Anyone trying to eat healthfully knows the holidays are a challenging time. Traditionally, we celebrate the season with huge meals, sugary treats and too many glasses of our favorite spirits.
None of that is helpful to anyone trying to maintain a svelte waistline, or a strong body. Following are five tips for eating more healthfully this holiday season.
1. Drop the salt shaker and grab the oregano
Around 90 percent of Americans of all ages consume too much sodium, according to the U.S. Centers for Disease Control and Prevention. All that added salt can cause blood pressure to rise, which in turn increases the risk of heart disease and stroke.
So, skip the salt. Instead, spice up your dishes with more healthful ingredients, says Samantha Heller, a registered dietitian and senior clinical nutritionist at the NYU Langone Medical Center’s Center for Musculoskeletal Care and Sports Performance Center.
“Adding fresh herbs like oregano, rosemary, dill and thyme to your holiday fare will up your intake of rosmarinic acid and other highly effective antioxidants,” she says.
2. Don’t spoil good foods with bad add-ons
Many of the foods we eat during the holidays are healthful in their “naked” state. They include:
- Sweet potatoes
- Green beans
- Brussels sprouts
The problem is that we don’t leave nature well enough alone. “We add so much fat, salt and sugar that the health benefits can be eclipsed by the health detractors,” says Jennifer Bruning, spokesperson for the Academy of Nutrition and Dietetics.
So, drop the extras and let the great natural flavors of those healthful foods shine through.
“Look for lighter versions of your favorite recipes to tame the calories without losing your traditional favorites from the table,” Bruning says.
3. Choose lower-calorie hors d’oeuvres
Hors d’oeuvres are the Trojan horse of unhealthful foods. Because they are bite-sized, people tend to view them as relatively harmless.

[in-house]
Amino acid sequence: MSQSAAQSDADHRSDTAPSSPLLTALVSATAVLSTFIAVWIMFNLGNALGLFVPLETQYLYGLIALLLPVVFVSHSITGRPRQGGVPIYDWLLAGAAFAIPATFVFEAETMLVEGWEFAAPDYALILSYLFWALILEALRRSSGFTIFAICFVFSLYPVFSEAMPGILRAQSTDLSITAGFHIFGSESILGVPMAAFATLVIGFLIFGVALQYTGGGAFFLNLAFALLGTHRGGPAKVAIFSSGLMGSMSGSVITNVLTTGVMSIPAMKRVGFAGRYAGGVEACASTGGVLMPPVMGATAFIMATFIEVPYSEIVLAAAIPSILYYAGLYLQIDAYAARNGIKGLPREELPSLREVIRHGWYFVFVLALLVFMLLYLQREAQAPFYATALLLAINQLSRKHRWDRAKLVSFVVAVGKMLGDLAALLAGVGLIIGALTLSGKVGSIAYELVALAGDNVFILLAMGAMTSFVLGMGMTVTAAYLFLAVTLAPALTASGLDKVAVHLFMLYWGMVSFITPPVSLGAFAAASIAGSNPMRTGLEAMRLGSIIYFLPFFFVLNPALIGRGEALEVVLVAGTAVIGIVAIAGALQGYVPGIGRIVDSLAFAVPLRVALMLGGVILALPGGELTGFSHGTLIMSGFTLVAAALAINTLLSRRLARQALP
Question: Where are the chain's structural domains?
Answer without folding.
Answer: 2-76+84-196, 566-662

However, the very fact that they are so small can lead you to pop one, two or five of them into your mouth without thinking. Suddenly, you’ve created a health problem.
Heller urges you to be sensible when eating hors d’oeuvres. “You can save hundreds of calories with a few easy changes” she says. Examples include choosing:
- Raw vegetables over cheese
- Salsa over creamy dip
- A small handful of nuts over pigs in blankets
- Shrimp cocktail over mini-quiches
4. Try to make water your friend
Eggnog at Christmas, champagne on New Year’s Eve, hot toddies and your favorite microbrew at parties in-between – it’s easy to get carried away with holiday spirits.
But all of those drinks can take a toll on your waistline. For example, just one beer contains 150 calories, according to the Academy of Nutrition and Dietetics.
“Those spiked drinks give you more than just a feeling of levity — they also add an alarming amount of calories, without giving you any real health benefits,” Bruning says.
So, it might be best to stick to water or other low-calorie beverages. If the holidays lack fizz without your favorite booze, at least follow a regimen of one low-calorie beverage for every alcoholic drink you consume.
5. Help out your friends and loved ones
Even if you aren’t worried about your own health or waistline this holiday season, chances are good that a loved one could use some help and support.
“Most of us know someone with heart disease, diabetes or even problems with alcohol,” Bruning says.
If you are hosting a holiday feast, you have a great opportunity to show your guests that the holidays can be delicious without endangering anybody’s health.
“Think of everyone at your holiday table: Will they be OK with a meal loaded with fat, salt and sugar?” Bruning asks. “You don’t have to scrap every holiday tradition, but try to make small adjustments in the usual spread to allow your loved ones to truly relax and enjoy the meal.”